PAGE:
Juniper rising

Juniper berries give gin its distinctive flavour. But it could soon be last orders for the aromatic plant unless urgent action is taken.

Already in serious decline, juniper now faces a new threat from the deadly disease, Phytophthora austrocedrae. It’s the last thing the species needed.

juniper

Multiple threats

Juniper has been struggling because many plants are over a century old, so produce fewer seeds. But young plants are among the favourite food of deer, sheep and rabbits, so they’re not thriving either.

If populations of juniper get too fragmented, male and female bushes won’t be close enough to each other for good pollination.

It’s not only juniper that’s at risk. A healthy population of juniper supports other species too, such as insects, fungi and lichens. It provides shelter and food for larger animals, while older bushes often protect other tree saplings from being eaten.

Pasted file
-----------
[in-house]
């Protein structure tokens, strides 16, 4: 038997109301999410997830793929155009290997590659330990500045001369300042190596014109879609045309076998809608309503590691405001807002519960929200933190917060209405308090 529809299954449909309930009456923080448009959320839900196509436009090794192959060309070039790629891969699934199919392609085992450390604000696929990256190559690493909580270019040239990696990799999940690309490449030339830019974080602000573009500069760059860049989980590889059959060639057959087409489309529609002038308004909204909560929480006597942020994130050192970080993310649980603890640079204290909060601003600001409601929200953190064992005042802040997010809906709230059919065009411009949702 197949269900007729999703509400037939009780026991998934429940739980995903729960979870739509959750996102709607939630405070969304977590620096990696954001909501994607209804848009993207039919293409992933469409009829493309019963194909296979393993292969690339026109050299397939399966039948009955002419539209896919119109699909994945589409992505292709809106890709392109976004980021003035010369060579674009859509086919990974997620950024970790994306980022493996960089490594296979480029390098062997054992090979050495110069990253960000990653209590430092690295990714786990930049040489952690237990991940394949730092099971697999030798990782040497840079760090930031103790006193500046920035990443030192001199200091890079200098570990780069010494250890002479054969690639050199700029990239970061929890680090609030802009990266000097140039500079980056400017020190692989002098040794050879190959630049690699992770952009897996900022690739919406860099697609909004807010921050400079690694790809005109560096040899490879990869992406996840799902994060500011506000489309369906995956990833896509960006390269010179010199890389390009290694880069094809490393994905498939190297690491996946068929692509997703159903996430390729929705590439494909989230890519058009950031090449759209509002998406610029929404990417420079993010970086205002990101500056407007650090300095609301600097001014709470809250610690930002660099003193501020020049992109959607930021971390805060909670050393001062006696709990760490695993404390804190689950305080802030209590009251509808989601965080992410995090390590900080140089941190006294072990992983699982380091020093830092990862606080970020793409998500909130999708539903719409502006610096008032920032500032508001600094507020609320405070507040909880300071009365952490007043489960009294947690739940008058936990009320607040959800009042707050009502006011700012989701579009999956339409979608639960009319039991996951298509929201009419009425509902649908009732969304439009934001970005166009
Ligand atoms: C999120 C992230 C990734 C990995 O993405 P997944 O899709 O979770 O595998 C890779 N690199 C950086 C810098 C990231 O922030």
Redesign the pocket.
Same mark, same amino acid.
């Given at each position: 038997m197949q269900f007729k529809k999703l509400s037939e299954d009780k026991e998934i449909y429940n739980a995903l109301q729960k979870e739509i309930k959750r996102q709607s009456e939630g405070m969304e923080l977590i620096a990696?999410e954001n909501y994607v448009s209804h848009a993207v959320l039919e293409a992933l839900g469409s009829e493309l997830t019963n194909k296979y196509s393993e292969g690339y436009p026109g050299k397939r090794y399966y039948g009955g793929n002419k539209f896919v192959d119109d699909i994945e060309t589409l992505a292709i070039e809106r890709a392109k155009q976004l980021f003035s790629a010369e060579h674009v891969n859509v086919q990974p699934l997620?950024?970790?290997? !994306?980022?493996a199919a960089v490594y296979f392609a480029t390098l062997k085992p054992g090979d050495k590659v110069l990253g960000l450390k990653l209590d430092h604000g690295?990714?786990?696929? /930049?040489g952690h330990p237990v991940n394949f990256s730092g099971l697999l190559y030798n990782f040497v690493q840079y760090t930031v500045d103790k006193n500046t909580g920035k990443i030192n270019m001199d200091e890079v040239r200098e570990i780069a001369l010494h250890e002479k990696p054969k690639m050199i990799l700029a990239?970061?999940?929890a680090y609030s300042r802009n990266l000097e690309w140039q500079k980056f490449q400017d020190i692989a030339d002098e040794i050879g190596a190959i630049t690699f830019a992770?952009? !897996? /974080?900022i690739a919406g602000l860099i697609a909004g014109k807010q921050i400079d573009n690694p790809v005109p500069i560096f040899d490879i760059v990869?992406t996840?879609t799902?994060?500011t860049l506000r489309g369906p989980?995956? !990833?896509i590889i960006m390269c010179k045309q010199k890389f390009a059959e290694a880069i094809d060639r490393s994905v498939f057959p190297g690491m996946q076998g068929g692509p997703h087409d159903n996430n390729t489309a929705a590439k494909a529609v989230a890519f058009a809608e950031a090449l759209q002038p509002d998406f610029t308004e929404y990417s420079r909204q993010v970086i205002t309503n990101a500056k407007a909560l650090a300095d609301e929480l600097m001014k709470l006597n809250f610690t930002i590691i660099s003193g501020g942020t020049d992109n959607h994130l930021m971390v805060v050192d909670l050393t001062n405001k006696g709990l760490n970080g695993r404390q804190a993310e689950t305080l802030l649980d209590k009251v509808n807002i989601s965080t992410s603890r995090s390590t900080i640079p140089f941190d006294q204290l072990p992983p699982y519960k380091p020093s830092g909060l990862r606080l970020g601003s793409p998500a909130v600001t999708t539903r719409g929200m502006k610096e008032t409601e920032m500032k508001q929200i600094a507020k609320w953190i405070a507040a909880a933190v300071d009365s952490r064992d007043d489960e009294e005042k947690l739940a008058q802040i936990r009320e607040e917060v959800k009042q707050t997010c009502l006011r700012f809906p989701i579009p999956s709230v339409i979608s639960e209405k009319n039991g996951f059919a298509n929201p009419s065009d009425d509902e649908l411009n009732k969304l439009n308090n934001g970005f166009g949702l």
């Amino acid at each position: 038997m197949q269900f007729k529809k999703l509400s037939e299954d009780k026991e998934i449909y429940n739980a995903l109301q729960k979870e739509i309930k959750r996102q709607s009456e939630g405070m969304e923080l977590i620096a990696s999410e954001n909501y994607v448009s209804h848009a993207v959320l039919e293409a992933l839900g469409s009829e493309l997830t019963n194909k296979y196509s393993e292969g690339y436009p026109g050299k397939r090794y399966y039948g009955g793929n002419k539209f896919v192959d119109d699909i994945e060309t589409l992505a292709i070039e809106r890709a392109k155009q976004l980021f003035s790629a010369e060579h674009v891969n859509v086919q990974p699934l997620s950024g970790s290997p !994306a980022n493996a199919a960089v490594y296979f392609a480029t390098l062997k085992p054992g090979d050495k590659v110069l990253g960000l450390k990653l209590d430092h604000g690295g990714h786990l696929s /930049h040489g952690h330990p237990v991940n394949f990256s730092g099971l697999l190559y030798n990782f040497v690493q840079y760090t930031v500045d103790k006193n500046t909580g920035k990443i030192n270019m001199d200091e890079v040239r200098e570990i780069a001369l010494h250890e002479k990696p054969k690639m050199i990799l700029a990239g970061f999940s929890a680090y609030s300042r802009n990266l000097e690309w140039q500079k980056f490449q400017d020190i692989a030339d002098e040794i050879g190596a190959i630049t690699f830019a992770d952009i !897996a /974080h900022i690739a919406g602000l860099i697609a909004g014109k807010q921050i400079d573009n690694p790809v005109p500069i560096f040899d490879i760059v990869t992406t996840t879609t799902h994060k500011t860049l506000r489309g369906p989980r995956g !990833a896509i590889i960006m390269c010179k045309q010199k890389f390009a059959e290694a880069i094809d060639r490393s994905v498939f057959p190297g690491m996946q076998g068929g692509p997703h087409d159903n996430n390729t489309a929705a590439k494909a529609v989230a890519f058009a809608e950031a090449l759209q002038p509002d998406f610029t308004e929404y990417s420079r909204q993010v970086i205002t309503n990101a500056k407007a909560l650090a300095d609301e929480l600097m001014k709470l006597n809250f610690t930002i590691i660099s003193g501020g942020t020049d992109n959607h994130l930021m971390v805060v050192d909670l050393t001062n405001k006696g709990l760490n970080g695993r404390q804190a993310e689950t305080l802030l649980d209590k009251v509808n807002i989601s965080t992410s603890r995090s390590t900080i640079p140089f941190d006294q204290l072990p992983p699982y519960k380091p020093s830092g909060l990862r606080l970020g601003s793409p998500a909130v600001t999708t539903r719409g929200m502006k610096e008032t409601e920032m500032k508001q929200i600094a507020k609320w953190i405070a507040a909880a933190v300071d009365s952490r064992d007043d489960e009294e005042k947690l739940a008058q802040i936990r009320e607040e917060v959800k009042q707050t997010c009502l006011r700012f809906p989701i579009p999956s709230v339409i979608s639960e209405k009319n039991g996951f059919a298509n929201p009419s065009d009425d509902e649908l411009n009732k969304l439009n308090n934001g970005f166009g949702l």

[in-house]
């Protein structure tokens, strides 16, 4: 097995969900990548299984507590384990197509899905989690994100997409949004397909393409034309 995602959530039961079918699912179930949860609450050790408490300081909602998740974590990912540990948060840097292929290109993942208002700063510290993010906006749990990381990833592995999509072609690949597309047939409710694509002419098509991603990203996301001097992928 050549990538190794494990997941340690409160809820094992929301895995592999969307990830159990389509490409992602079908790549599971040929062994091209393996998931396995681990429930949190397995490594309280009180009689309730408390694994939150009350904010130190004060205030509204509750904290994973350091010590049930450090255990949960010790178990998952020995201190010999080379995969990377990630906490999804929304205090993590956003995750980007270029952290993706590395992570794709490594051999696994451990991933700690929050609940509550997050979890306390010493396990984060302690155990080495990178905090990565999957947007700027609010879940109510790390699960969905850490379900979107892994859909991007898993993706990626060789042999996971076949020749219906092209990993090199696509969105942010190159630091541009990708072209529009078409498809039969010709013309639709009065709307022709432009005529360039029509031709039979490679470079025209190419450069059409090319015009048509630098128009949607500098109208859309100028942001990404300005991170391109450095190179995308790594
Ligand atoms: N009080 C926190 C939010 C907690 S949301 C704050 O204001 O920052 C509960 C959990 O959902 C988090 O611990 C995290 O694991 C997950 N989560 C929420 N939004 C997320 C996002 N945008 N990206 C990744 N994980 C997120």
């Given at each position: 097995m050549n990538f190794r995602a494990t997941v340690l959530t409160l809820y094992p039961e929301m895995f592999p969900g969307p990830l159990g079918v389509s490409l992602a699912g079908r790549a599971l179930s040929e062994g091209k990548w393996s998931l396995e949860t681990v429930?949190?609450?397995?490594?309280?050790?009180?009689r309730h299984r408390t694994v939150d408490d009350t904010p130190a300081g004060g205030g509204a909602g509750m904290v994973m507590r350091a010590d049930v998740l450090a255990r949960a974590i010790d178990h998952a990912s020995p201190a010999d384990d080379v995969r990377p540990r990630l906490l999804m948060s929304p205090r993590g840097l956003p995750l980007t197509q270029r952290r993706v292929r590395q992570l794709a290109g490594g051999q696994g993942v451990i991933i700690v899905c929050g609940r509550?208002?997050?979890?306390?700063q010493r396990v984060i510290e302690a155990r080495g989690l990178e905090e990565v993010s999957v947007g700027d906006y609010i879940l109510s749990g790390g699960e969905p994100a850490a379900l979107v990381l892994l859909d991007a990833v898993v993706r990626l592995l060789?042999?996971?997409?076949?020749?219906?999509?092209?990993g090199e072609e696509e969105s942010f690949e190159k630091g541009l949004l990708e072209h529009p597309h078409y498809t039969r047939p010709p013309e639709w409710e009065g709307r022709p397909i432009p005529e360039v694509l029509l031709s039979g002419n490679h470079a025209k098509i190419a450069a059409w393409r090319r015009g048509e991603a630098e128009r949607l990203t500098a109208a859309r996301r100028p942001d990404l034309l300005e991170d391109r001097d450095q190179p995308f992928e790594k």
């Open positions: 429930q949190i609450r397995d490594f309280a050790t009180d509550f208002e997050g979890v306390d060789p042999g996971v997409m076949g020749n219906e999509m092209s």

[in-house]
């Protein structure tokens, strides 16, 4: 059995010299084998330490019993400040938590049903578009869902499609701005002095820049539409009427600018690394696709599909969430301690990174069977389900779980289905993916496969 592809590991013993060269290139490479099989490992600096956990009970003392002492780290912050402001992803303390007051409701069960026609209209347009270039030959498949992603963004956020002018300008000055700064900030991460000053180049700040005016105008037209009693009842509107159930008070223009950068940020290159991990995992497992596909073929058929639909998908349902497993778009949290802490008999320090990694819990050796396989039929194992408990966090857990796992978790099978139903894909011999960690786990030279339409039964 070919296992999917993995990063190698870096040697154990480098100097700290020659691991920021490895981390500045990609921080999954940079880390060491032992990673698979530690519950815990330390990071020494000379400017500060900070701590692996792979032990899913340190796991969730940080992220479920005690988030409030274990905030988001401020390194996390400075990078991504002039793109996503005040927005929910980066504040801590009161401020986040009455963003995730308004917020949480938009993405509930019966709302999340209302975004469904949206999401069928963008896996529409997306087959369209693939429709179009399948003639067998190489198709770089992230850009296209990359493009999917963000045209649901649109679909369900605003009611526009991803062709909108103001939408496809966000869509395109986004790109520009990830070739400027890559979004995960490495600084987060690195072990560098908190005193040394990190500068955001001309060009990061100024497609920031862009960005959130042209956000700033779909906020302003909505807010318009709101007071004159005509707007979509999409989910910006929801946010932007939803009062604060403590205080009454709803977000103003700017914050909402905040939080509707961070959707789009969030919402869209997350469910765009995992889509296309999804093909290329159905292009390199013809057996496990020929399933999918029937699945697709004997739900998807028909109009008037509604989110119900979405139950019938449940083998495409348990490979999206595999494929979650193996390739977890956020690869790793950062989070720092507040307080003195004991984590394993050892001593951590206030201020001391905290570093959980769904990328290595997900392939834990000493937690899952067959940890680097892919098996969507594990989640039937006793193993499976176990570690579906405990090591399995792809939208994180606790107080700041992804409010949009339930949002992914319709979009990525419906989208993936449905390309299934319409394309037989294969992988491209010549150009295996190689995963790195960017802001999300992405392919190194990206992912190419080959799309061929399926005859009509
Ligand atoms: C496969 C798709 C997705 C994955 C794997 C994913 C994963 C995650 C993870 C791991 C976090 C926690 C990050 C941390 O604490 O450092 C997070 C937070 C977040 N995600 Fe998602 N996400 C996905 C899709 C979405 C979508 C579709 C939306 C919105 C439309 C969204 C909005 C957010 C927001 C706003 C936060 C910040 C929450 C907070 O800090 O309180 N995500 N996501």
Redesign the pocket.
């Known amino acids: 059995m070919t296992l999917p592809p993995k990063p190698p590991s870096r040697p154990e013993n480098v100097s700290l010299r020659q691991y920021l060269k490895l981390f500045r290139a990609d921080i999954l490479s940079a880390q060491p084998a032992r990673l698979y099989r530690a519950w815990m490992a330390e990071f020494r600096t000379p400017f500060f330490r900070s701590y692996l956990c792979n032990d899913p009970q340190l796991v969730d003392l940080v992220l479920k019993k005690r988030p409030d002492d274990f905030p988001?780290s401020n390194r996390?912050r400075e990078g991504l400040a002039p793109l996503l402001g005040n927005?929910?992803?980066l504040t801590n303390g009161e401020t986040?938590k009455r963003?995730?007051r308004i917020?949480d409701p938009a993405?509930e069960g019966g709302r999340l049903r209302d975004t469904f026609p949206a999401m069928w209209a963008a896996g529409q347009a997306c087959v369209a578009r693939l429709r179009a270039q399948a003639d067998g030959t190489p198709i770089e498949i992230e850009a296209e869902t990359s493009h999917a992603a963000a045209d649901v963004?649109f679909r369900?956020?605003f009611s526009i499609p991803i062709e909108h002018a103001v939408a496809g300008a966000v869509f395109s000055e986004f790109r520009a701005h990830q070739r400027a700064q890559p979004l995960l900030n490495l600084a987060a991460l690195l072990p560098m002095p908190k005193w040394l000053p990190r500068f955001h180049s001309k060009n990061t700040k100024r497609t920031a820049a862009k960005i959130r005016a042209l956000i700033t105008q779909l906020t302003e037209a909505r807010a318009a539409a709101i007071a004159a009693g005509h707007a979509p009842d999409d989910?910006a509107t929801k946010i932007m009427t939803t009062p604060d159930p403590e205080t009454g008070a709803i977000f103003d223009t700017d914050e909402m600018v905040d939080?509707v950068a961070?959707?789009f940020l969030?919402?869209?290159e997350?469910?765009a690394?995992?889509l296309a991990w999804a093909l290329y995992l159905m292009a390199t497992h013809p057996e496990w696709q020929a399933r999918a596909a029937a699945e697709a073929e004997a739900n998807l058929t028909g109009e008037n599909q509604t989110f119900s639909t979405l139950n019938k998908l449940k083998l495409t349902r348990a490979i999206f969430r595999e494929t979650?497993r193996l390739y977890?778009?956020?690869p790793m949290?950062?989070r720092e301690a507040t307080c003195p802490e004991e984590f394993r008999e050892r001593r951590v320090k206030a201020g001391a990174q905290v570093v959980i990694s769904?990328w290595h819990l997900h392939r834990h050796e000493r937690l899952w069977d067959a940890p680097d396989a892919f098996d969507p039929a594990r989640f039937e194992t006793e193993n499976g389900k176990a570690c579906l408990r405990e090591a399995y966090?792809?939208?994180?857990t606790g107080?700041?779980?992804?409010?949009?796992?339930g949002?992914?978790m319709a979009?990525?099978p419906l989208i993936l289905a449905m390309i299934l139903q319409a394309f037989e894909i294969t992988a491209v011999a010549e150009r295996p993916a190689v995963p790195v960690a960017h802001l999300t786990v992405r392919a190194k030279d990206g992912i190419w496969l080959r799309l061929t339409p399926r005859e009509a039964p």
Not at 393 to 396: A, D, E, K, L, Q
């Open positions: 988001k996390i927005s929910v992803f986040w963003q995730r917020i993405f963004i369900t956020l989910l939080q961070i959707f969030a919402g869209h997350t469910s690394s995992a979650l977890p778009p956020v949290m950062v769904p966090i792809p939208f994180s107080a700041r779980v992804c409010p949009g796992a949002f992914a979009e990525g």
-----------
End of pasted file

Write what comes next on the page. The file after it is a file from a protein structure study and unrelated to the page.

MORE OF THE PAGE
So, what is being done to protect this key woodland species?

Where is juniper found?

On the National Forest Estate, we’ve been recording the location and condition of populations of 50 or more bushes.

Juniper is widespread and can be found in a wide range of habitats, including moorland and maritime heaths, woodland and montane environments – from sea level to 1,000 metres. The health of the plants we’ve found is good – with 64% being described as stable, improving or favourable.

We’ve also discovered that grazing by deer is not necessarily bad news. In some places, deer are eating rowan and birch which would otherwise shade out the young juniper. The problem is there are simply not enough plants.

juniper-on-a-hillside

Action for juniper

All over Scotland we’re planting young plants raised from local seed or cuttings. We’ve felled native conifers to give existing juniper plants space to expand, and we’ve opened up the canopy to let in more light.

We’re also working hard to raise awareness of juniper’s plight – it’s one of six key woodland species for action under the Scottish Forestry Strategy.

Finally, but importantly, we’re working with Forest Research scientists to understand more about Phytophthora austrocedrae, and discover how we can tackle it and stop it spreading.